Posted: October 15, 2007, 10:30 a.m. PST
Excerpt from BIRD TALK Magazine, December 2004 issue, with permission from its publisher, BowTie Magazines, a division of BowTie Inc. To purchase digital back issues of BIRD TALK Magazine, click here.
Winter weather is a little easier to prepare for. For most of us, all that may be required is to make sure the thermostat’s turned up to at least 65 degrees Fahrenheit and maybe share a little of your comfort foods with your birds, especially if it’s warm and starchy! A heated perch is also a terrific idea.
If you live in an older house or apartment building, you may not have a furnace, or maybe you simply have a wall heater, which you’re not going to leave on all the time. This is common in Southern California, where daytime temperatures during the winter months are often in the 70s and 80s, but at night the mercury can dip down into the 30s and 40s. You may be fine being a little chilly at night and then just turning on the wall heater for a few minutes in the morning to heat up your place.
Your pet birds, however, will be feeling the stress of a 30 degree (or more) change in temperature in a 24-hour period. For them, you may want to get a portable space heater to keep the room they’re in at a constant warm temperature. Space heaters are also good to have on hand, just in case your furnace decides to break down in the middle of January.
When choosing a space heater, “be very careful to read the product description to ensure that there is no Teflon or other nonstick coating in the heater or heat lamp,” warned Missouri veterinarian, Julie Burge, DVM. “It is a good idea to run it for the first time on maximum in another part of the house well away from the bird to allow any sort of chemical coating that may have been applied to burn away before it is used near the bird.”
The heater should not have exposed coils, which would be a potential fire hazard because of the dust or down feathers from your bird. Oil-filled radiator heaters work well, since the heating element inside is fully sealed and they do not produce any fumes or flames.
By Gina Cioli/BowTie Inc/Courtesy Omar's Exotic Birds
A good way to warm up your bird is to use your own body heat by placing your bird against in between your clothes and skin.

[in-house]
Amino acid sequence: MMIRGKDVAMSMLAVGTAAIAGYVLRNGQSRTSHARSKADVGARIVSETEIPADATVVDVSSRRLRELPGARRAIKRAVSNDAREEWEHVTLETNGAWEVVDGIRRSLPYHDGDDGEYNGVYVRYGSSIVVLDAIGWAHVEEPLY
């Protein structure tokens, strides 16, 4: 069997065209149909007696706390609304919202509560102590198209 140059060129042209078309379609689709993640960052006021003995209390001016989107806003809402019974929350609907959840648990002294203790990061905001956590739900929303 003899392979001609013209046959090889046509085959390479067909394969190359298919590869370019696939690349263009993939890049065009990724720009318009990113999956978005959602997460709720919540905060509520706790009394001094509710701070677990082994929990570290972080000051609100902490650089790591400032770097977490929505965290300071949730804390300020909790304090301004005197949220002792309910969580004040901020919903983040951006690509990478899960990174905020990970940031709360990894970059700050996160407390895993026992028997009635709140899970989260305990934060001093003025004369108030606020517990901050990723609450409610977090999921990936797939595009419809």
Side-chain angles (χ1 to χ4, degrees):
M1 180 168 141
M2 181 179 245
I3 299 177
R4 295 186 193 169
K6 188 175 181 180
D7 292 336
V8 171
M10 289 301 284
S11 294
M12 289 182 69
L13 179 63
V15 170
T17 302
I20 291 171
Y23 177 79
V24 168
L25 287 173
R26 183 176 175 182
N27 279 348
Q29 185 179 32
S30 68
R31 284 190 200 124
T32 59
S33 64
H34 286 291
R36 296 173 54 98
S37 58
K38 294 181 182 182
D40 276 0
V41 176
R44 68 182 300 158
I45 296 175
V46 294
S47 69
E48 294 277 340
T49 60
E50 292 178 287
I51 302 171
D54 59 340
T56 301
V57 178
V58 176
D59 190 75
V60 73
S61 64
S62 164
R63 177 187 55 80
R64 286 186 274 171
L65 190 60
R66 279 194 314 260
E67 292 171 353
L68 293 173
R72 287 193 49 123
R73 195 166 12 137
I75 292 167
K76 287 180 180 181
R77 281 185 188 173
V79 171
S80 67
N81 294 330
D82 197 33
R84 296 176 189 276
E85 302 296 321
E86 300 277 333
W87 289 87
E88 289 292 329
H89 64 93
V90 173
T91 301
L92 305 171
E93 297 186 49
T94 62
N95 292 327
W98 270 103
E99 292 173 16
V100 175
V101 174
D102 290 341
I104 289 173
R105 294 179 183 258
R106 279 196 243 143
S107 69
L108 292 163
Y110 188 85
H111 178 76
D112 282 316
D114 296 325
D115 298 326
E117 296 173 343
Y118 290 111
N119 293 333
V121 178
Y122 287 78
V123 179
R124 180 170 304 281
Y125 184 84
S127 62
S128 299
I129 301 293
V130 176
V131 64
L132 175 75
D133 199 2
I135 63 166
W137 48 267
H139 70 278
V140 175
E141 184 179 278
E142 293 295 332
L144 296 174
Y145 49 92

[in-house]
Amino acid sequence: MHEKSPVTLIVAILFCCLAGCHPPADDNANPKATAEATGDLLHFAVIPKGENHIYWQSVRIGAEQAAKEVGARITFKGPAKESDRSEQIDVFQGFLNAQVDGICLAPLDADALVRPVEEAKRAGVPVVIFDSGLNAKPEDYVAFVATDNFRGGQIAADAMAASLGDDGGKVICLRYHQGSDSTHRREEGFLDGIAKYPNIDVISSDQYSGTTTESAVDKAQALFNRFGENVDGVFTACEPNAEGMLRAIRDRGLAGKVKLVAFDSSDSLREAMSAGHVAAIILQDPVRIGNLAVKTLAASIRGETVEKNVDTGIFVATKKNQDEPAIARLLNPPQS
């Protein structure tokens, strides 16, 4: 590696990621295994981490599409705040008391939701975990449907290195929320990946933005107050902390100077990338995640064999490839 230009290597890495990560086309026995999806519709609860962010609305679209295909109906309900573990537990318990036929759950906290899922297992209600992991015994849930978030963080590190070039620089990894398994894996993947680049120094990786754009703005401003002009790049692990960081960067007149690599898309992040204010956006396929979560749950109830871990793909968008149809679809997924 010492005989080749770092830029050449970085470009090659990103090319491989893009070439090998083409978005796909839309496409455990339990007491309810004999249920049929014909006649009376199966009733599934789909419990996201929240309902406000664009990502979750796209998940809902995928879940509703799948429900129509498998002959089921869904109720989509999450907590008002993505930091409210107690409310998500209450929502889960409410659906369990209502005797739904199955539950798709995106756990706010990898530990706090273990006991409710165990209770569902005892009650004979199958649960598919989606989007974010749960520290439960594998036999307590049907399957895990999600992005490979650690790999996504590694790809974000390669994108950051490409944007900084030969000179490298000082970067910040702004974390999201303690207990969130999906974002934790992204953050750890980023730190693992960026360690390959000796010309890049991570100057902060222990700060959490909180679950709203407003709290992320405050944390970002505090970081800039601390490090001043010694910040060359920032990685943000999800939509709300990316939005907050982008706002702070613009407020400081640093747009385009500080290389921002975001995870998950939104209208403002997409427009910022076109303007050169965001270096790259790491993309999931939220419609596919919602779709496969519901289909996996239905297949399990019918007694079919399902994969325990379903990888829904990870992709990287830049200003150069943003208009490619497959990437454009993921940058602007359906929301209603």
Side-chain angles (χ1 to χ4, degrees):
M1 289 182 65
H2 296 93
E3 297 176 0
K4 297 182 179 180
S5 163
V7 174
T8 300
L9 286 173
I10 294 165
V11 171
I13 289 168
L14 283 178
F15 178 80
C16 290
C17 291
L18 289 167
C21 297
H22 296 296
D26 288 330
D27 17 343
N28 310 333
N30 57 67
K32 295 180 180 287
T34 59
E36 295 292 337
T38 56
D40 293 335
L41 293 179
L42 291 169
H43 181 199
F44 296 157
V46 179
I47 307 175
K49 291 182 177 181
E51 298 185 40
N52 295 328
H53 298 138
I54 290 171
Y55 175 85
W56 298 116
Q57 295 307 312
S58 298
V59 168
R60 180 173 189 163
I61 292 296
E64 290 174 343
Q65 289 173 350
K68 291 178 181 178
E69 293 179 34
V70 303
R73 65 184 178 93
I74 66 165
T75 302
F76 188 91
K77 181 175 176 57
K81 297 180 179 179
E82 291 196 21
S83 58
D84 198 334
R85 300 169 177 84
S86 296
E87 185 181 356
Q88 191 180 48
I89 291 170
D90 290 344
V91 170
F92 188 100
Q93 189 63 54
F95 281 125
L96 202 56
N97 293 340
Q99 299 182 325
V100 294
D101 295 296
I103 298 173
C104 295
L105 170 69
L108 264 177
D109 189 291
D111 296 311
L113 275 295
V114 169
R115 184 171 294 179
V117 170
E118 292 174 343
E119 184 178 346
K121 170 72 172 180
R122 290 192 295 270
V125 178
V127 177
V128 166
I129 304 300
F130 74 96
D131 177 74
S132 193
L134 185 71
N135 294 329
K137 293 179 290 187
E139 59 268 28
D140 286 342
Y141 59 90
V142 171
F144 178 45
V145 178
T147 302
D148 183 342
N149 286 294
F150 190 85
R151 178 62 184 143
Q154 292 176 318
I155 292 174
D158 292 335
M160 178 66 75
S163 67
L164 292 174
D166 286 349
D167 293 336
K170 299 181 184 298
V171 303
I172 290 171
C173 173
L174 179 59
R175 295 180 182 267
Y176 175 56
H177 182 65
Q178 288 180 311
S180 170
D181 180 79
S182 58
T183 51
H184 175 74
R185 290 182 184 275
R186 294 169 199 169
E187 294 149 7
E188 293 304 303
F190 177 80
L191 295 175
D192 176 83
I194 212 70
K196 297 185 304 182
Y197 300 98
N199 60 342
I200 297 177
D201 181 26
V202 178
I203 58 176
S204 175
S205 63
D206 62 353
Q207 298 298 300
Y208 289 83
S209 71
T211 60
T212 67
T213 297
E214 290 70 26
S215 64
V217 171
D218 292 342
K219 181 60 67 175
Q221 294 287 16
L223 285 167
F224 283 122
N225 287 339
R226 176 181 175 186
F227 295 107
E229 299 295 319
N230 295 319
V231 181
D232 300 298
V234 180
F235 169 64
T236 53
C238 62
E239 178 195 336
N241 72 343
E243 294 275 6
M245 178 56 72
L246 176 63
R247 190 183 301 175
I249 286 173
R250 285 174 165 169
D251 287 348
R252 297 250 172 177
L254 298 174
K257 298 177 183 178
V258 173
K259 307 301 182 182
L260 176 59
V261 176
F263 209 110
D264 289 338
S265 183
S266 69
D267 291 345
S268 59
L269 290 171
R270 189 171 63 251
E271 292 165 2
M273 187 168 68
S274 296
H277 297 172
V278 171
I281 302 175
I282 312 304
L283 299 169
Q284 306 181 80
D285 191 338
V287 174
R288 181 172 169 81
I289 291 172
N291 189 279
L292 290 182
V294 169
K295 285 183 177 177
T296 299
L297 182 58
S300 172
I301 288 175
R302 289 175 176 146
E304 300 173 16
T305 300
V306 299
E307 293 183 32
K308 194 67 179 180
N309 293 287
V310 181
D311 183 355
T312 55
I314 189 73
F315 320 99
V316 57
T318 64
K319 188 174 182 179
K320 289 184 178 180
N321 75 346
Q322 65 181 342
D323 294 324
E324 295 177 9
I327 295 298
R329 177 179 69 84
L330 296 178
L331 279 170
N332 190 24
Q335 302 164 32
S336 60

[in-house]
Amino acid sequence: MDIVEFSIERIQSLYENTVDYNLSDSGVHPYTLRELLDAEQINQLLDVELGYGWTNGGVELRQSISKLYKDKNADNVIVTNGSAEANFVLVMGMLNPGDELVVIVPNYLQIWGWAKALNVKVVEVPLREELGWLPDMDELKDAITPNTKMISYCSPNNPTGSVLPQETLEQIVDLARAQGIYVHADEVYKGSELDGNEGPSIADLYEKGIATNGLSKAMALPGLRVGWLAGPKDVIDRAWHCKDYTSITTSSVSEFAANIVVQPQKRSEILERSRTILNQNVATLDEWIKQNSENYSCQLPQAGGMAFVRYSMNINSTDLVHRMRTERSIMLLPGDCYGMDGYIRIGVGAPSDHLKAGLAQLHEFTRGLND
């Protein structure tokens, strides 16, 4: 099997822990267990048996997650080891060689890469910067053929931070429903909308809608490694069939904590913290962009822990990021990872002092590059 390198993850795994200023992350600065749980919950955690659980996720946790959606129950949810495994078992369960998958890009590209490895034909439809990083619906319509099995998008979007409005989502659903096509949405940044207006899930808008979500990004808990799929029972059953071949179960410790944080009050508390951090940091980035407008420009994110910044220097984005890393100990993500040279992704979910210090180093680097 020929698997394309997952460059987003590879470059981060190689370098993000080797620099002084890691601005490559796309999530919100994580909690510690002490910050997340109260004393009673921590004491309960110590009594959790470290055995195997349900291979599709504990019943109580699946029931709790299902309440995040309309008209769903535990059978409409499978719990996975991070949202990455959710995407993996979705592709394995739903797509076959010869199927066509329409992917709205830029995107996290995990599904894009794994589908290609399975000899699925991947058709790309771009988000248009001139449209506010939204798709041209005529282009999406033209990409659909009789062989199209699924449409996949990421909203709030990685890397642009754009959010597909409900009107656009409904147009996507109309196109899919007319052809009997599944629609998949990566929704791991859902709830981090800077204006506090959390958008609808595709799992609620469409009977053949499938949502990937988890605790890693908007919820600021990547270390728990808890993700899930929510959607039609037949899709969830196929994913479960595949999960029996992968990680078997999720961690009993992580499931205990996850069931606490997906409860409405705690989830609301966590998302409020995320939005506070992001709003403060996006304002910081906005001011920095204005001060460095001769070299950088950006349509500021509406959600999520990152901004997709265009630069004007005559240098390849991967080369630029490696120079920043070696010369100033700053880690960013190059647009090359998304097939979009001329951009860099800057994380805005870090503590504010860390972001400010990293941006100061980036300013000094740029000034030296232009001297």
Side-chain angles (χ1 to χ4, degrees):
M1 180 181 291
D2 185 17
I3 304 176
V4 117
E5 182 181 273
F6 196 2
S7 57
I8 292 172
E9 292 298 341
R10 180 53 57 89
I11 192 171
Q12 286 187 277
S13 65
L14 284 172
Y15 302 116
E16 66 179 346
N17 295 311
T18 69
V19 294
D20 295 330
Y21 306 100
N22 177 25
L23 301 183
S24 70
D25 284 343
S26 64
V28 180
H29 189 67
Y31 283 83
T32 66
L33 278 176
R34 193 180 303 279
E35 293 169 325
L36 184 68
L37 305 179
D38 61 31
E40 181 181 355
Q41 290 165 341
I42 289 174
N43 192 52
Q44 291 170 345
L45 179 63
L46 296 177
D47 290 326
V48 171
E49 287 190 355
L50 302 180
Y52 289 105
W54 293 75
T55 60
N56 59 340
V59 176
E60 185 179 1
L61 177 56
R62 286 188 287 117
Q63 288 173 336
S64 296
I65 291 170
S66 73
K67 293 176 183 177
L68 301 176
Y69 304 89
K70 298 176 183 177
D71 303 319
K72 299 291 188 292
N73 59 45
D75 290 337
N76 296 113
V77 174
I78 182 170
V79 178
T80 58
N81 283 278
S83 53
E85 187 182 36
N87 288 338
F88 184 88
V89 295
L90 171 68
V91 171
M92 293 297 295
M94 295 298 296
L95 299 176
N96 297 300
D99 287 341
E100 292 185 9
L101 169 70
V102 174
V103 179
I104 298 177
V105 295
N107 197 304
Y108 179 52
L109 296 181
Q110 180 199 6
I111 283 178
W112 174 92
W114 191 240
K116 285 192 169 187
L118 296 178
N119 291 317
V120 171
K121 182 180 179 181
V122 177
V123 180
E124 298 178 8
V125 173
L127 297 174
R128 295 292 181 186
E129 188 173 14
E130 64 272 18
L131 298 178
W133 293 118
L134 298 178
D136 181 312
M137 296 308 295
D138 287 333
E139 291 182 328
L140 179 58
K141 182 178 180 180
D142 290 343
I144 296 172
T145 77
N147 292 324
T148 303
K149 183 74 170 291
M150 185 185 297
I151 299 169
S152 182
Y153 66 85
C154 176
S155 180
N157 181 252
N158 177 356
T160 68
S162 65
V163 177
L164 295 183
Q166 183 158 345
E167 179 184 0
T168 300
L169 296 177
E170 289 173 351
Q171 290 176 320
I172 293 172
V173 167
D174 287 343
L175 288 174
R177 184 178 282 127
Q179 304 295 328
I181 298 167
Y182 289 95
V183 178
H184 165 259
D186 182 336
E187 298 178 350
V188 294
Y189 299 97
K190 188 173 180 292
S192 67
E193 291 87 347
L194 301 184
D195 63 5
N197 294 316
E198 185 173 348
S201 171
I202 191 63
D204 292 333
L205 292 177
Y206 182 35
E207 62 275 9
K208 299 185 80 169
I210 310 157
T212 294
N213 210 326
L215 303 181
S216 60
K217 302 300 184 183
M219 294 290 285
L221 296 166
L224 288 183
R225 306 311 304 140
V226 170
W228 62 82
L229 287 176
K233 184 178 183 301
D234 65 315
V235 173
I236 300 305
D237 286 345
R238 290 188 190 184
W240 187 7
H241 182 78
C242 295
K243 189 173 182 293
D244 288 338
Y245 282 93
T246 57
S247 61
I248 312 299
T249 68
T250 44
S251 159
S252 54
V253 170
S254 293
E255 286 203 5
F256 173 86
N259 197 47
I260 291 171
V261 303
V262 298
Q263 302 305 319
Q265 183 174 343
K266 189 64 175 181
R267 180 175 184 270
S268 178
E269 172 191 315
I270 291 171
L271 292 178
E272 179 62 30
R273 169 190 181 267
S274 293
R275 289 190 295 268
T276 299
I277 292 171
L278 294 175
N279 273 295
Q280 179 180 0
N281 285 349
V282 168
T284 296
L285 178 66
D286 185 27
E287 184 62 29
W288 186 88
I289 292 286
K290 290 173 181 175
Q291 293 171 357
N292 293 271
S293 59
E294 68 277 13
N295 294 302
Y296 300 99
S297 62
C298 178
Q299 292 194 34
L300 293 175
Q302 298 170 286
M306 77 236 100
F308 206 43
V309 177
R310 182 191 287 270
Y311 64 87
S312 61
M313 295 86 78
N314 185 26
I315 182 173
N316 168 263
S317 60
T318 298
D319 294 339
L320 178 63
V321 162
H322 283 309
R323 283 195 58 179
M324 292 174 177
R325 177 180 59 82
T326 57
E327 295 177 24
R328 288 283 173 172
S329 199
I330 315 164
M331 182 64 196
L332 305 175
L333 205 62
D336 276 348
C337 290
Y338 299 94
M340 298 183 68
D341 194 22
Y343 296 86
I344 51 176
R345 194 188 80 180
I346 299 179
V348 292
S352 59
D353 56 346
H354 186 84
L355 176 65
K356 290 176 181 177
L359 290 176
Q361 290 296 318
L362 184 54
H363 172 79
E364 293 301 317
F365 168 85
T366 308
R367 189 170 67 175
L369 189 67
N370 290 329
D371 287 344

What about covering your bird’s cage to warm it up? “That does nothing to keep your bird warm,” said Larry Nemetz, DVM, an exotics-only veterinarian in California. He compares it to a person lying down in a canopy bed on a cool night and then suspending the blanket on top of the canopy, 6 feet above his or her body. “The person’s body heat is not enough to heat up all that space underneath the canopy,” he said. “The same is true when you cover a bird’s cage. The average bird lives in a cage that has 20 times the airspace of its body. A bird can’t generate enough heat to heat up the entire airspace under the cover.”
Again, there’s always going to be unexpected situations, like power outages or broken thermostats on frigid winter days. If that happens and your bird seems hypothermic, there are some steps you can take immediately.
For a small bird, you can actually put the bird against your body inside your clothing. “Make sure you are not holding it too tightly and compressing the chest so the bird can breathe,” cautioned Dr. Burge. Simply wrapping your parrot in a towel or blanket will conserve the body heat it has, but will not help it warm up quickly if there is hypothermia.
For hypothermia, you will need to provide your bird with a heat source of some kind. You can use a hair dryer to blow heat underneath your bird’s feathers, put your bird’s feet in a pan of warm water, or put the bird in the bathroom and run hot water in the shower to steam up the room like a sauna. North Carolina avian veterinarian, Gregory Burkett, DVM, recommends placing a heating pad on your bird, or massaging your bird’s feet so the blood flow will continue in the feet. “The heat should be applied to the entire body, but especially to the feet,” he said. If the situation appears serious, apply first aid and get to an avian veterinarian immediately.
Certainly when it comes to extreme temperatures, a lot of this is common sense. If you feel too hot or the meteorologist is predicting a scorcher of a day, get out the fan or set the thermostat to a comfortable temperature. If the weatherman’s forecasting subzero temperatures for the day, cancel any car trips for your parrot and crank up the furnace. If you make these accommodations, your bird — like Goldilocks — will find the temperature “juuuuust right.”